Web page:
Hi res: Hitachi UT TV
If you're looking for a really thin LCD TV look no further than the Hitachi UT (Ultra Thin) Full HD flat-panel LCD television. The company's claim of making the world's thinnest - at 35mm - puts it in the premier league of flat-panel TVs. Not only are they thin, they're light (the 81cm model weighs 10.9kg) and astoundingly aesthetic. Considering first-generation flat-panel LCD televisions measured at least three times as much, this is a revolution in style and technology.
The 107cm and 94cm screen size models feature IPS 1920 x 1080 Full HD and are available in black only, while the 81cm model features 1366 x 788 pixels and is only HD ready. The latter is available in black and white.
Look at the back and you'll see only a flat, shiny black plastic panel without any evidence of sockets, vent holes or fans for heat dissipation. Heat is diffused from the bottom of the TV to the top. Most TVs generate a temperature of about 53 degrees Celsius and will leave heat marks on the wall, but Hitachi's unique cooling system allows more possibilities for placing this television anywhere, be it on the living room wall or on the bedroom ceiling. The wall mount uses 7cm of space to hang the TV compared with 17cm for conventional flat-screen TVs.
So how can Hitachi fit the LCD panel, the TV tuner and all the electronics needed into such a small space? The entire UT series uses a new External Electrode Fluorescent Lamp (EEFL) backlighting technology, enabling Hitachi to make a thin TV. The lighting system is also said to deliver greater power efficiency, 'better and more flexible colour accuracy' and a longer lifespan.
Hitachi has also put the TV tuner in a separate box, which can be used to play and record video on iVDR cartridge. You can also plug this external TV tuner (which Hitachi calls the Media Station) into one or more TVs, enabling it to receive traditional analogue signal as well as HD and SD digital-TV signals from the terrestrial stations with its built-in HD digital TV signal decoder.
Other technologies in the Ultra-Thin LCDs include the 'anti-judder' technique in the 94cm and 107cm models.
Movies are made up of a series of still images. Hollywood movies flash 24 images a second. However, Hollywood's 24 frames per second do not match television systems, which show 60 frames each second.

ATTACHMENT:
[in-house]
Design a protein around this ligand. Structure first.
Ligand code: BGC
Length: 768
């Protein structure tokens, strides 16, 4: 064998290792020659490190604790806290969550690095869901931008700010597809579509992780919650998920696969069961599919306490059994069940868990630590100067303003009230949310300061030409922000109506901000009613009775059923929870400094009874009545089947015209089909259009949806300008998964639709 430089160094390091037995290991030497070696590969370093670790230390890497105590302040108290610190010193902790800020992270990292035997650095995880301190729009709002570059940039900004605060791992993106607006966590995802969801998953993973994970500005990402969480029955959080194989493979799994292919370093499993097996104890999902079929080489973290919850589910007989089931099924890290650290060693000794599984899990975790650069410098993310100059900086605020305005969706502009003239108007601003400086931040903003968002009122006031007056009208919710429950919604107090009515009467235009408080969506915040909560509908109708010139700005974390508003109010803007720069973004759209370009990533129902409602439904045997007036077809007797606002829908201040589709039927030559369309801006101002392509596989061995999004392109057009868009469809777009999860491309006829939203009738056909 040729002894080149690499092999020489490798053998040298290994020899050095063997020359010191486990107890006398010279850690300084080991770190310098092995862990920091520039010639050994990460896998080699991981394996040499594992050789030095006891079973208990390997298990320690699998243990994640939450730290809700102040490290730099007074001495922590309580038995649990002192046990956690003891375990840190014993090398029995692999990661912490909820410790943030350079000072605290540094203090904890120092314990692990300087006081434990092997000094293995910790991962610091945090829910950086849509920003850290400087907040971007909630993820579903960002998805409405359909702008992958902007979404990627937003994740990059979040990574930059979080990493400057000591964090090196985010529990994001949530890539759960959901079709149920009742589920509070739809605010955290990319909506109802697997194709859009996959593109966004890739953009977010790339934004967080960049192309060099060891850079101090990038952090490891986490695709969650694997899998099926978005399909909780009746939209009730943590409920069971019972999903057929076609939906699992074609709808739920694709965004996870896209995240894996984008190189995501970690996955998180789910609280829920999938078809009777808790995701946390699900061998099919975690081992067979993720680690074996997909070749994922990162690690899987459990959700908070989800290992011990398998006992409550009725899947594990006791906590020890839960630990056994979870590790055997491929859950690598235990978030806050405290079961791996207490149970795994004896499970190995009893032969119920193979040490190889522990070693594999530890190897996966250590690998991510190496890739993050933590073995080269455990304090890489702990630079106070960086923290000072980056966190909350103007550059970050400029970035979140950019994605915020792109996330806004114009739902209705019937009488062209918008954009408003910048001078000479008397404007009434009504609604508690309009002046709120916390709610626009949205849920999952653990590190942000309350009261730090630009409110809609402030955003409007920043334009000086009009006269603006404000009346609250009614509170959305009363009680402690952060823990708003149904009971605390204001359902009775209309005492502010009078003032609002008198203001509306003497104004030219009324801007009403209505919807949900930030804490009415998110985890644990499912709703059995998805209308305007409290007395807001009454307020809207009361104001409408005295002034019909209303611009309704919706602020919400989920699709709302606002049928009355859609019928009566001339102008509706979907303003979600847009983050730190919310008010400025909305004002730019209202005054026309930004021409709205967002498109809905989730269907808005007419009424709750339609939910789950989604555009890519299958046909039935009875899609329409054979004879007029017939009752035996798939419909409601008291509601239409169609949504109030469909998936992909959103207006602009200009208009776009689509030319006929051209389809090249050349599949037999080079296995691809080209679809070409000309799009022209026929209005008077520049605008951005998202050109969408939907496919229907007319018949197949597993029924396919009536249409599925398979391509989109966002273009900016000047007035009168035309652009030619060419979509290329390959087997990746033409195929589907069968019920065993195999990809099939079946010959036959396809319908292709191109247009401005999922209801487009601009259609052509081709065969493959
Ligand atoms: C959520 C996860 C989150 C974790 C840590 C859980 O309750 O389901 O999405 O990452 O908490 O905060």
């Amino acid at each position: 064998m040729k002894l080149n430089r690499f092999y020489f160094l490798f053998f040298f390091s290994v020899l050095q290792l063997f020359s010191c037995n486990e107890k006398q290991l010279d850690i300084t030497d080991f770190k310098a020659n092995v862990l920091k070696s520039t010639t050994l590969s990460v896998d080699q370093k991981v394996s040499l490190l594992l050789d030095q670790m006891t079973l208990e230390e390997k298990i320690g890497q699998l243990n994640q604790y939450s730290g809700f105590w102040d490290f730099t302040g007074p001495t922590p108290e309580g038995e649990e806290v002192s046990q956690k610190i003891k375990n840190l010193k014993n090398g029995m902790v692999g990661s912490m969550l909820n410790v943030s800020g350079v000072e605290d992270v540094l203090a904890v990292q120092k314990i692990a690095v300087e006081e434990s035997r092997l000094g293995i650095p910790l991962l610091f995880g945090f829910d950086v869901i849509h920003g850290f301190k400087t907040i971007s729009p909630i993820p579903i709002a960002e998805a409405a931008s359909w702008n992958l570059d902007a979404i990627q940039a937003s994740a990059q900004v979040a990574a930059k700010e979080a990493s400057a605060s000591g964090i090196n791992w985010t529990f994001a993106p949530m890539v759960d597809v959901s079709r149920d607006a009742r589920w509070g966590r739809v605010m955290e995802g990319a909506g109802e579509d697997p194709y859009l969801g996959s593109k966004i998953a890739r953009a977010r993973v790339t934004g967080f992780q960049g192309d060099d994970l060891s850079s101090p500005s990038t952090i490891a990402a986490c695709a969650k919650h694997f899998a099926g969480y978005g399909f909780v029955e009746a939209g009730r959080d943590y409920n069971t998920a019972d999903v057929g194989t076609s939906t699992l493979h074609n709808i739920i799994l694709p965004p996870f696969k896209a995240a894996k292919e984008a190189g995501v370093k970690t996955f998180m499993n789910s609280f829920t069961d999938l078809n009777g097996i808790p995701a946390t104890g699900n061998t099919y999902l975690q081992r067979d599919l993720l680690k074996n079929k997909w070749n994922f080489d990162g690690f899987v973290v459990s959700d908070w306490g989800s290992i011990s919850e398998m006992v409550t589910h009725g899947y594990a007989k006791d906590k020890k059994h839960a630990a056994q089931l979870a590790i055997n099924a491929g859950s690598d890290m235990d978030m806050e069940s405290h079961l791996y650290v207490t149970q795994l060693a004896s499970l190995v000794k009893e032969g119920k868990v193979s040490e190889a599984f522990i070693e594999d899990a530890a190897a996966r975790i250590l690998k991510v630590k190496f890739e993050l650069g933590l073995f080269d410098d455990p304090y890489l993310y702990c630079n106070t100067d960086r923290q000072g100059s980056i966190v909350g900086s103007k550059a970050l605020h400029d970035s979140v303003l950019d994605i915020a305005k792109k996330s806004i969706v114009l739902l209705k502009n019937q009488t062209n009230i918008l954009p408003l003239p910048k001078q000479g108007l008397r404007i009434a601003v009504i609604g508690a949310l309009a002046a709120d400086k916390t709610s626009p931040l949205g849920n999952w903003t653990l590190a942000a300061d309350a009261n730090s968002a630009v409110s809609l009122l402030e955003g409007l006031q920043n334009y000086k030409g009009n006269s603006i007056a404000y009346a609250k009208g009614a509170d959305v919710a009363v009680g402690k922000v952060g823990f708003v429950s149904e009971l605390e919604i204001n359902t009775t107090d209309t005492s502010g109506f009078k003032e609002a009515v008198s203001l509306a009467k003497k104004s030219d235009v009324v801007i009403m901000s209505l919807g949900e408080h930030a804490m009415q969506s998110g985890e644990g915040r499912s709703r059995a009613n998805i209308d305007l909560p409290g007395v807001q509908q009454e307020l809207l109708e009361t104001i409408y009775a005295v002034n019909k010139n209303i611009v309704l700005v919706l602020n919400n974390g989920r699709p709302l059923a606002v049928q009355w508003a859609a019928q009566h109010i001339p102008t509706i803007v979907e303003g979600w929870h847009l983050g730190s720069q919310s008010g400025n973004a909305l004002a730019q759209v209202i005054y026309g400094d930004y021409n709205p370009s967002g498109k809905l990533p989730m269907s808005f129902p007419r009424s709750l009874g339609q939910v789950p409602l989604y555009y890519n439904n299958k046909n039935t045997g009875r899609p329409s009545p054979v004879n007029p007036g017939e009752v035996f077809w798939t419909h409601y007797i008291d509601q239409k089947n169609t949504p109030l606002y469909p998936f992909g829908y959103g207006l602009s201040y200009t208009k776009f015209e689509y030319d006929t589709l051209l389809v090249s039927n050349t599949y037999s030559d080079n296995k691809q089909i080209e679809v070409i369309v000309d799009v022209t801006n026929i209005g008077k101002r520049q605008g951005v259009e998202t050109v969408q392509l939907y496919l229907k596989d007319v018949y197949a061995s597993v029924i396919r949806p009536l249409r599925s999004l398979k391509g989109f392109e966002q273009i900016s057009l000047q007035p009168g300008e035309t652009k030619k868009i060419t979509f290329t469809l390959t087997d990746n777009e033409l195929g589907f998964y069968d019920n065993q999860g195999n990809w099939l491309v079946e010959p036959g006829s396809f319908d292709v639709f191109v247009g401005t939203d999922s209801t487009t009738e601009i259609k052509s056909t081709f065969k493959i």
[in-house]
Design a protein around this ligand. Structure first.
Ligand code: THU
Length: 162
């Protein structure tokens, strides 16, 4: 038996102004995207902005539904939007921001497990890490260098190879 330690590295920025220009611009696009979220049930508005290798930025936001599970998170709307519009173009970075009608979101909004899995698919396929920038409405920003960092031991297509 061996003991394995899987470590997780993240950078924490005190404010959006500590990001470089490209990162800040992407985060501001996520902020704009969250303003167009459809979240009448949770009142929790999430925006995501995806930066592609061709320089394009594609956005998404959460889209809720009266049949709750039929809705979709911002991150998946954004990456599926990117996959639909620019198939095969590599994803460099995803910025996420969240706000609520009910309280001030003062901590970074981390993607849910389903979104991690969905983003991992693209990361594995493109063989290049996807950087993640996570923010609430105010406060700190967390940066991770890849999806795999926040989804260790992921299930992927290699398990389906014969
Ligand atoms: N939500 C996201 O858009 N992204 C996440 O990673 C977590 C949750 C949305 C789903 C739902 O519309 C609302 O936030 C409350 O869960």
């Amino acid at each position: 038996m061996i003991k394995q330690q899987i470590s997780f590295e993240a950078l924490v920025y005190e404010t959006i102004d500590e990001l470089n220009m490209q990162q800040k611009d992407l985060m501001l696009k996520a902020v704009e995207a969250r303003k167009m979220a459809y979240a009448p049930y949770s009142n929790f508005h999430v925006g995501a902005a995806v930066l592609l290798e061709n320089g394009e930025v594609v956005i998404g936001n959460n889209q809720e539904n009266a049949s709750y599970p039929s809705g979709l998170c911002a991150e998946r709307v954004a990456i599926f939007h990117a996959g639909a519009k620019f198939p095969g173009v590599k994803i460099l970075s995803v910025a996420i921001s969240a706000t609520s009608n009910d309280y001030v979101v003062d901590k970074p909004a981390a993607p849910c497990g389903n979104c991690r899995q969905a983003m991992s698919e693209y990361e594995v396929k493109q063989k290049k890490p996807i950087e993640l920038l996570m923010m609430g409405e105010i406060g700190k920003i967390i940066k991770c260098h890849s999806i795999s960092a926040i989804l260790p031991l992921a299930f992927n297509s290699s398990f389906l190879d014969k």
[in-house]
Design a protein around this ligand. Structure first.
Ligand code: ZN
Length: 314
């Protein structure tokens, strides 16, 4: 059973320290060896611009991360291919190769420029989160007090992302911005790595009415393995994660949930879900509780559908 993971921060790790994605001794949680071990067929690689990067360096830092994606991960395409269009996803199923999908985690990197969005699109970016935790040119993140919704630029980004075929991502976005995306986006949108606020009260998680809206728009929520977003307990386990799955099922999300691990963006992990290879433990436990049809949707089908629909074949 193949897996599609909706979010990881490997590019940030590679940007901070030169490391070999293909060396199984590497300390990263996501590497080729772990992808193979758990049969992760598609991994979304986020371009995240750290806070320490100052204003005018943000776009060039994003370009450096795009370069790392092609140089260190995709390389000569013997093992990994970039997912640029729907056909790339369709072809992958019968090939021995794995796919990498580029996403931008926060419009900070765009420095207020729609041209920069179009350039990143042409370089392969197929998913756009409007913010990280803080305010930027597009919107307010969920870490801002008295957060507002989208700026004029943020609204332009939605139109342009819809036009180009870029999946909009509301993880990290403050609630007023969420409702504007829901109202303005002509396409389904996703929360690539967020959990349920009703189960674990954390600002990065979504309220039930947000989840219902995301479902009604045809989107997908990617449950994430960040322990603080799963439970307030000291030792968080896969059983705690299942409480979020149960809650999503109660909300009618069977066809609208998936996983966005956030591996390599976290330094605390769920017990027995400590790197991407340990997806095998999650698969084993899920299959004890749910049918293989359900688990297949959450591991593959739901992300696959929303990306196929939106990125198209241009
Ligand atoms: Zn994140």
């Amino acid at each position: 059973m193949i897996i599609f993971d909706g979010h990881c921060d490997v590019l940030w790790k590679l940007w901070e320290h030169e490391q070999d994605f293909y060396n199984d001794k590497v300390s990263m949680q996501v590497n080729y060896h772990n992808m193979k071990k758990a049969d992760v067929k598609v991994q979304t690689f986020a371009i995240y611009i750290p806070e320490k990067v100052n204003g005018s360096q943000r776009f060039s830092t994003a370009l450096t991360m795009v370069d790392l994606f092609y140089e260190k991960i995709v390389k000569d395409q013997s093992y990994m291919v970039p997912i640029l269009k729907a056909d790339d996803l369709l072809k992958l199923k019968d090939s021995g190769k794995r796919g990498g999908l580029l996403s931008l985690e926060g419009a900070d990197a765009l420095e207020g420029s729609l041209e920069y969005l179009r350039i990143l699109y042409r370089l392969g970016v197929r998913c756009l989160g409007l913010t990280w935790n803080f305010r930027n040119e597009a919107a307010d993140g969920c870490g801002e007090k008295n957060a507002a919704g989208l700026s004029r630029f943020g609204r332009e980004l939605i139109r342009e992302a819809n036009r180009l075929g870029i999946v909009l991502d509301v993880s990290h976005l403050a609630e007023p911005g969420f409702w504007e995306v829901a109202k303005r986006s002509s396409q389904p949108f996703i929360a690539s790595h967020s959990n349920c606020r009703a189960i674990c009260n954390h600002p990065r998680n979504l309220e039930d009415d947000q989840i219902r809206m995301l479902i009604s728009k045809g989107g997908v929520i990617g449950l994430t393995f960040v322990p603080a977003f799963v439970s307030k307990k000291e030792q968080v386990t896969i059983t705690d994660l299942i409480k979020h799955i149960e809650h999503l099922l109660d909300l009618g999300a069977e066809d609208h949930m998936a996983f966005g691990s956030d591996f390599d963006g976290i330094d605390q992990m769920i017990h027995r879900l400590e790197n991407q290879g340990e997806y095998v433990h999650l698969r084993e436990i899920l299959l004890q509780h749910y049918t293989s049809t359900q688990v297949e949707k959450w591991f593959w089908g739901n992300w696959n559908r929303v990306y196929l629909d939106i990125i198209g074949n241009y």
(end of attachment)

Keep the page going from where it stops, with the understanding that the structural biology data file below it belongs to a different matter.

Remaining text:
A conversion technique called '3:2 pull-down correction' is used to make the 24 frames of film fit the television's faster 60 frames. As this conversion is done, the viewer often sees a jerky, troublesome visual effect called 'judder'. The image appears jittery or stuttering and this is most noticeable when the picture pans or makes sweeping, side-to-side movements.
The Ultra Thin sets are said to eliminate the jerky 'judder' motion. They do this by creating interpolated frames based on the original film images. This smooths the movement and correctly matches the motion of the original movie.
Also included is Picture Master Full HD, which is Hitachi's enhanced high-resolution image-processing engine that analyses and processes images quickly and improves the picture using a variety of techniques including: advanced dynamic contrast, which analyses every picture on the screen and optimises its contrast frame by frame; 3D colour management, which adjusts the three constituent components of colour (hue, saturation, and brightness) pixel by pixel using 3D data; and an advanced dynamic enhancer, which expresses images that are simultaneously detailed and dynamic, and controls detail gradation and sharp edges.
Audio is provided by a 6-watt plus 6-watt digital amplifier and speakers at the left and right sides of the bottom of the monitor, creating a new 'box-type' design that fits with the thinness of the panel.
The 81cm costs HK$14,300, the 94cm is HK$19,900 and topping the list is the 94cm model for HK$25,900.
There are plans in 2009 for a 19mm LCD flat-panel television. At this rate, we could all be rolling up our TVs soon. Recommended.